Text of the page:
World
Picasso, Giacometti break sales records in New York auction
A later work by Pablo Picasso and a sculpture by Alberto Giacometti sold for $179.36 million and $141.28 million, respectively, becoming the most expensive artworks to be sold at an auction so far, Efe news agency reported.
 
London-based fine art auction house Christie's sold the two pieces in New York on Monday in an auction entitled "Looking forward to the past", breaking all records when Picasso's painting "Les femmes d'Alger (Version O)" was sold at the multi-million-dollar bidding price.
 
The 1955 painting, whose title means "Women of Algiers", is part of a series of 15 paintings, inspired by a work of the same name by French artist Eugene Delacroix.
 
"Les femmes d'Alger (Version O) is also, like that of Bacon, a dialogue between the two artists (Picasso and Delcroix)," Ana Maria Celis from the contemporary art department at Christie's told Efe.
 
The painting turned out to be the most photographed item on the historic night, while two other Picasso paintings were also sold for $67.3 million and $4.3 million, respectively, collecting a total amount of $251 million.
 
Meanwhile, Swiss sculptor Alberto Giacometti's "L'homme au doigt" (Pointing Man) set a record price of $141.28 million.
 
This amount exceeded the $104.3 million acquired in the London sale of Giacometti's "L'homme qui marche" (Walking Man) in 2010, thereby breaking his own record.
 
The nearly 70-inch bronze piece made in 1947 belongs to a series of six works, and is the only one hand-painted by the artist.
 
With only 34 works auctioned, the "Looking forward to the past" series added $705.85 million to Christie's coffers.
 
Other notable works sold included "Le Parlement, soleil couchant" (The Parliament, setting sun) by Claude Monet for $40.48 million, "No. 36 (Black Stripe)" by Mark Rothko which sold for $40.48 million, and the "Silver Liz" diptych by Andy Warhol for $28.16 million.
 
Christie's is yet to disclose the identity of the buyers.

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No toilet at home: Bihar woman divorces husband
A woman in a Bihar village has divorced her husband for not constructing a toilet at their house, officials said Tuesday.
 
Sunita Devi, a resident of Paharpur village in Vaishali district, divorced her husband in village panchayat after he failed to build a toilet despite repeated assurances.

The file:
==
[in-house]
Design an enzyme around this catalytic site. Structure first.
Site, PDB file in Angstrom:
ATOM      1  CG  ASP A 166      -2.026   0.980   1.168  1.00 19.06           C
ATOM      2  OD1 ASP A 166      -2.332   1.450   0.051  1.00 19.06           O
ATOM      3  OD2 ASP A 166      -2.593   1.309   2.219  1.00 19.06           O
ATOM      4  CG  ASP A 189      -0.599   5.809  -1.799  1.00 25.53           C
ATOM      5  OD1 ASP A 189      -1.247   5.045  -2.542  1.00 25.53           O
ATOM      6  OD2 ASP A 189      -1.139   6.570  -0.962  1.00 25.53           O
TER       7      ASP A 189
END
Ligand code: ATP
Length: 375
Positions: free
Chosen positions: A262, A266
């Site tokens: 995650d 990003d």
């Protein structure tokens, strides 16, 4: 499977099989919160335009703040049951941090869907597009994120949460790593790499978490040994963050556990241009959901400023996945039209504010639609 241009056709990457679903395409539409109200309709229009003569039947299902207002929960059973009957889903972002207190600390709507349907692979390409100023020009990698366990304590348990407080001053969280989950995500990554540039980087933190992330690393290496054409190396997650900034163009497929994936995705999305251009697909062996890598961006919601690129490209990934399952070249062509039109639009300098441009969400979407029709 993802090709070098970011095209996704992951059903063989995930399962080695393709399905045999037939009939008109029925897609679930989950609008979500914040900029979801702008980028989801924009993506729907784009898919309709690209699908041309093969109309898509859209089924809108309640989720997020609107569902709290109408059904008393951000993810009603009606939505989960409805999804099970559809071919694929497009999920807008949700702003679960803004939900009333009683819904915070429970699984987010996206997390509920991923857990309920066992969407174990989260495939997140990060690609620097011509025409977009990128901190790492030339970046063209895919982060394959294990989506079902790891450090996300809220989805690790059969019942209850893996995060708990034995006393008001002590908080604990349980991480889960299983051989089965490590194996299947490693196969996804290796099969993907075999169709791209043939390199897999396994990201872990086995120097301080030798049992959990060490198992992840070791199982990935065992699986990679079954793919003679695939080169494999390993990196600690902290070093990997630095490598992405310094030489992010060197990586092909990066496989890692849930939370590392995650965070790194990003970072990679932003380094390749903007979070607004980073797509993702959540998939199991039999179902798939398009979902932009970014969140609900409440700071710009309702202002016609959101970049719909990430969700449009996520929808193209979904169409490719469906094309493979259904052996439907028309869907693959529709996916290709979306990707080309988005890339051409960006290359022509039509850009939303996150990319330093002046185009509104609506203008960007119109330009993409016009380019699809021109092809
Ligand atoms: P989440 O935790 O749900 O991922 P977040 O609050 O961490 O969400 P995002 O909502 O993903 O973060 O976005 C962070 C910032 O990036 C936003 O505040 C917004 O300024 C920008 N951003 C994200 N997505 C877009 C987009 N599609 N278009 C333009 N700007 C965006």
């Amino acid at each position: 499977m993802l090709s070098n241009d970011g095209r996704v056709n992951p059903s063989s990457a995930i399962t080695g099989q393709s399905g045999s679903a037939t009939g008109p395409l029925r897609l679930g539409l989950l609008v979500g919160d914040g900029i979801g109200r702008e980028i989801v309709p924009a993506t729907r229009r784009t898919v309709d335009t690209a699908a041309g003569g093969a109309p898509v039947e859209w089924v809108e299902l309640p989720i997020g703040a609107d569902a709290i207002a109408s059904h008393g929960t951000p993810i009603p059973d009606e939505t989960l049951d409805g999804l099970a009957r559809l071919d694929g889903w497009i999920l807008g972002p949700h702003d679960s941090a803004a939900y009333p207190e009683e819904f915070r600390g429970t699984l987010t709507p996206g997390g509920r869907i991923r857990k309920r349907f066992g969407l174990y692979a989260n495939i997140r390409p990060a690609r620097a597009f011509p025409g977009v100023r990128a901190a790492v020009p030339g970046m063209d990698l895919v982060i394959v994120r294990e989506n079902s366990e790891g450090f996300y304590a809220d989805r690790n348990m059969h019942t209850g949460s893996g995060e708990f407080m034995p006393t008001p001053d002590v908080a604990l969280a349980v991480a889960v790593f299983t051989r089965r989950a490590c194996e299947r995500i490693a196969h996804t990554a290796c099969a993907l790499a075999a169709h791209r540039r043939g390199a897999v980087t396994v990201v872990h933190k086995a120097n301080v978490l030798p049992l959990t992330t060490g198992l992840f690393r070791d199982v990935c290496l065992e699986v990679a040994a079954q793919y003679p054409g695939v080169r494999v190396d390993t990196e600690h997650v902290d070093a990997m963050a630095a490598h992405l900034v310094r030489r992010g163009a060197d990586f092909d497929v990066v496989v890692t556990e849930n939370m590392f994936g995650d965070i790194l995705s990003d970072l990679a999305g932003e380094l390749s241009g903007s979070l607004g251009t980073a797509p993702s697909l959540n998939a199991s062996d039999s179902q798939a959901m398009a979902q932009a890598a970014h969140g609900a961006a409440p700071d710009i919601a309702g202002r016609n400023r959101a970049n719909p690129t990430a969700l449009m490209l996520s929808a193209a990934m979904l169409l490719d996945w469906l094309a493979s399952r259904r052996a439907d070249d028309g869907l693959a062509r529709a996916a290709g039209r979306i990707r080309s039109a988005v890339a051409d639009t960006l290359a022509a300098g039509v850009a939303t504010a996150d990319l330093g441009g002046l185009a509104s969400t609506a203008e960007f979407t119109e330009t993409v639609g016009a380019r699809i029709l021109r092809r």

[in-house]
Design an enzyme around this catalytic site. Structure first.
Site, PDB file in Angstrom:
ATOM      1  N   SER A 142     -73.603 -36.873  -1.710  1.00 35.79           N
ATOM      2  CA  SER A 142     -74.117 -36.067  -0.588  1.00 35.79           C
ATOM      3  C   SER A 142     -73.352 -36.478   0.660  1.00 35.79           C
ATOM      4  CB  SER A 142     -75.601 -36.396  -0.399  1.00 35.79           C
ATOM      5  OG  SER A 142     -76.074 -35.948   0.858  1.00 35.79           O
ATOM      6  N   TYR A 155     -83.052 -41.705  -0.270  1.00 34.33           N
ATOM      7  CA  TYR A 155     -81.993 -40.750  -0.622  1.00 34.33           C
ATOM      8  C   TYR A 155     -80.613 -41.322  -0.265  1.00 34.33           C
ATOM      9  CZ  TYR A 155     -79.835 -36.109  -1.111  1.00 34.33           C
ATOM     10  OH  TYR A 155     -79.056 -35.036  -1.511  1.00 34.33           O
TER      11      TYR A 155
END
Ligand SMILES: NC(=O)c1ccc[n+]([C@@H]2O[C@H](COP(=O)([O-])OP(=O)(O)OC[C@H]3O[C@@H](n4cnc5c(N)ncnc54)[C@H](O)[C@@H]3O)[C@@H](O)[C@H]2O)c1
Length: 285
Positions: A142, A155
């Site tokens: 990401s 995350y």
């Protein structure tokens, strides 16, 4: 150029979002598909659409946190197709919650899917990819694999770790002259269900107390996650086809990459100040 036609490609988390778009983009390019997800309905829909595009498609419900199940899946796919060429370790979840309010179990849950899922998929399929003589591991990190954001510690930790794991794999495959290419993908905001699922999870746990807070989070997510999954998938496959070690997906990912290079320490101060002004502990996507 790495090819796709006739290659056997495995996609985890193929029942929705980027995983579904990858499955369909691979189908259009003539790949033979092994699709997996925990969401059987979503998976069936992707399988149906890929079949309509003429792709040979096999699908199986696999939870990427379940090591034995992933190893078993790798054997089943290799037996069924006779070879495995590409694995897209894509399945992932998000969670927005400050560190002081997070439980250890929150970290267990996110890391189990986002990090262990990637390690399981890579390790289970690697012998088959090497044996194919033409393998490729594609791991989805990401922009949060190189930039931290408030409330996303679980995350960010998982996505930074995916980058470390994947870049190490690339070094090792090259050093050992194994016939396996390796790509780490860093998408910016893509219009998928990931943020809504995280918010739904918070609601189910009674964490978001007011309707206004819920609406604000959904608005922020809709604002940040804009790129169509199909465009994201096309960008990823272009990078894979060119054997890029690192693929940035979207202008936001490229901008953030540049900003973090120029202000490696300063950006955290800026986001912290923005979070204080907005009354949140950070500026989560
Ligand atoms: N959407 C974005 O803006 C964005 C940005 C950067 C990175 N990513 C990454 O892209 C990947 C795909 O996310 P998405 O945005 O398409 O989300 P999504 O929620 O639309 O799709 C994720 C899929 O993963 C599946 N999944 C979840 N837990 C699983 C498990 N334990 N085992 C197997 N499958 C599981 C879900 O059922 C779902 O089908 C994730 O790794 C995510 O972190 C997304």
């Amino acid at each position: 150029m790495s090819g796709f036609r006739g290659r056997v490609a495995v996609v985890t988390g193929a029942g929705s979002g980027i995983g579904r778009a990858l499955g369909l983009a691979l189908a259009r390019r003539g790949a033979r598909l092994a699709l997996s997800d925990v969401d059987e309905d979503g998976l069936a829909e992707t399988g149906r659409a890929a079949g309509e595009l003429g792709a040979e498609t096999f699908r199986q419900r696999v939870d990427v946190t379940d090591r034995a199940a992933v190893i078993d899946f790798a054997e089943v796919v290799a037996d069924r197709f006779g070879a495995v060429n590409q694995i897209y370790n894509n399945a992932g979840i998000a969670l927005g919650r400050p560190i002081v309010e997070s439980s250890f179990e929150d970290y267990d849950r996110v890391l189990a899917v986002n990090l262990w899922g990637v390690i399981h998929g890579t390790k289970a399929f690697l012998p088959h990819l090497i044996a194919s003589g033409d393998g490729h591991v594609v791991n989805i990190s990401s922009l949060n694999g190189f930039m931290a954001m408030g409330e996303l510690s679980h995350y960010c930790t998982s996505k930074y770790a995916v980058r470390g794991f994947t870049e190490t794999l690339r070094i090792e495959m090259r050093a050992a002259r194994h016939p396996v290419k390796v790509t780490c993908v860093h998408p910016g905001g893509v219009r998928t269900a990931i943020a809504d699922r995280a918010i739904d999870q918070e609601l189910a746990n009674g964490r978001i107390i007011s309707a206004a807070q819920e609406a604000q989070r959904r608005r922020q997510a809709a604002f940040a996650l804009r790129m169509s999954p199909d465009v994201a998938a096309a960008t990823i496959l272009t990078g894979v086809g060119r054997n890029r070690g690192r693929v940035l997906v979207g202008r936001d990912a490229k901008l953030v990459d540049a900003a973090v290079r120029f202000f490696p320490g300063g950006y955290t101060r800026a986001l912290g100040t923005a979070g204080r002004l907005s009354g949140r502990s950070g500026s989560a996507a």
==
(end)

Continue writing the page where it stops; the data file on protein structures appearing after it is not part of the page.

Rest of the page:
Interestingly, Paharpur village was declared a 'nirmal-gram' by the government.
 
"I was fed up with my husband for not building a toilet and was forced to leave him," Sunita told IANS by telephone.
 
"I was upset over being forced to make way to an open field every day under the cover of darkness to defecate. Even owner of the land used to abuse and humiliate me repeatedly," Sunita said.
 
"For the last four years, I have been requesting my husband to construct the toilet. But he always ignored it and advised me to seek help of my parents for it," Sunita said.
 
Bihar has a population of over 105 million, of which 21.9 million lack toilet facilities. 

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GST bill goes to Rajya Sabha select committee
The bill on the goods and services tax (GST) was on Tuesday sent to a select committee of the Rajya Sabha.
 
The committee will table its report in the upper house on the last day of the first week of next parliament session.
 
The 21-member committee is headed by Bhupender Yadav of the Bharatiya Janata Party (BJP).
 
Other members of the committee are: Chandan Mitra and Ajay Sancheti (BJP), Madhusudan Mistry, Bhalchandra Mungekar and Mani Shankar Aiyar (Congress), K.C. Tyagi (JD-U), Derek O'Brien (Trinamool Congress), A. Navaneethakrishnan (AIADMK), Satish Chandra Misra (BSP), K.N. Balagopal (CPI-M), Dilip Kumar Tirkey (BJD), C.M. Ramesh (TDP), Praful Patel (NCP), Kanimozhi (DMK), Anil Desai (Shiv Sena), Naresh Gujral (Shiromani Akali Dal), Mir Mohammad Fayaz (PDP), D. Raja (CPI) and Independent MP Rajeev Chandrasekhar.
 
The GST bill is seen as the key to facilitating industrial growth and improving the country's business climate.
 
By subsuming most indirect taxes levied by the central and state governments such as excise duty, service tax, VAT and sales tax, the goods and services tax regime proposes to facilitate a common market across the country, leading to economies of scale and reducing inflation through an efficient supply chain.
 
The government wants to implement the new regime before April 2016.
 
The passage of the bill to become a law is, however, a lengthy process. 
 
Being a constitution amendment bill, which was passed by the Lok Sabha, it needs to be passed by the Rajya Sabha with a two-thirds majority and then ratified by at least 15 state legislatures before being sent for the President's assent.

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